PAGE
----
Golf Sustainability: A natural solution to leatherjackets on the golf course

3 minute read

We have all encountered crane flies at some point in our lives – better known as ‘Daddy Longlegs’. But not many people realise how much of a scourge they are to golf courses and the fine turf industry in general.

Certain species of the crane fly – one of the oldest insect families on the planet, dating back 245 million years – lay their eggs in the soil, generally in rich organic earth or areas that don’t drain very well.

The larvae, known as leatherjackets, play an important role in the ecosystem, but for keepers of fine turf, they represent a huge problem as they feast on grass blades and leave unsightly holes in the earth when they emerge.

Chemical solutions have long existed, but they are detrimental to the environment and the majority are banned. One of the chemicals that remains legal is only permitted for one application per year, which means timing is crucial and very difficult to judge.

Some innovative greenkeepers have found a very sustainable and eco-friendly solution, though.

Indeed, a few species of bird can do the work for us. But some are better than others.

England Golf’s Sustainability Manager, Owen James, says: “If you can encourage Starlings to nest on the course, they can do the work for you. It makes a lot of sense as they don’t make the same amount of damage to turf as some of the other leatherjacket predators, like Crows.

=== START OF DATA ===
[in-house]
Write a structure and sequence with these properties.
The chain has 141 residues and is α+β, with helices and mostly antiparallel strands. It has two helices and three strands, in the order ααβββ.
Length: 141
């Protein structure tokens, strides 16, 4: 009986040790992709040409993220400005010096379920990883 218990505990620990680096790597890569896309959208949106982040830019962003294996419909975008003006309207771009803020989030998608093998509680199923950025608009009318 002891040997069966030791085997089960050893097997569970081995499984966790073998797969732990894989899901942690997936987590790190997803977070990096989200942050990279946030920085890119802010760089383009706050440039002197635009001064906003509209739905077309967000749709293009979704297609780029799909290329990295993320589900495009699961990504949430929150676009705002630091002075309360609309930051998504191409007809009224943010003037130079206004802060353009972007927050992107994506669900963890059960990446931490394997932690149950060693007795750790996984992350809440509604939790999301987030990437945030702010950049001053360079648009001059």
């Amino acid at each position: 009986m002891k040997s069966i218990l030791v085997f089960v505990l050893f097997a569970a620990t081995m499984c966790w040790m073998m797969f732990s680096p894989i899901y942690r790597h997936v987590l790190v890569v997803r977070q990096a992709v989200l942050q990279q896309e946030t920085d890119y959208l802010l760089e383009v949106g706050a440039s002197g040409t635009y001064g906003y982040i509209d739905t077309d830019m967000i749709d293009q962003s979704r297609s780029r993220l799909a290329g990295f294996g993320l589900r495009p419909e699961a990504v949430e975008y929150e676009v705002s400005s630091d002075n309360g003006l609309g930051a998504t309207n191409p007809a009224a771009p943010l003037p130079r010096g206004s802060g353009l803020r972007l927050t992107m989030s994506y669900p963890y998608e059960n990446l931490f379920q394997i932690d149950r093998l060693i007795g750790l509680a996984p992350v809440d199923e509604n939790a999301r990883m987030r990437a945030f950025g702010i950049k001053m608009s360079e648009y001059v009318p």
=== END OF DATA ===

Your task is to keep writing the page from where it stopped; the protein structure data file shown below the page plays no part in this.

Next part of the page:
“They manage to peck them out with minimal disturbance.

“Right now, nobody is sure exactly how they do it, but research is being done by the Danish Golf Federation and it will hopefully show us how to utilise this natural pest control.”

Attracting Starlings to your course is easier said than done, though.

James added: “Whenever I speak to golf clubs and they tell me they don’t get a certain species of bird, I always ask if there is anything for the birds to use or utilise. If not, why would they visit?

“If you want a particular species, you have to encourage them to use your site by giving them what they need.

“I think the research will change the way that people look at bird life and utilising them as a tool to help them achieve their goals.”

James believes the installation of bird boxes and bug hotels to be vital to the effort and also a very cost-effective solution.

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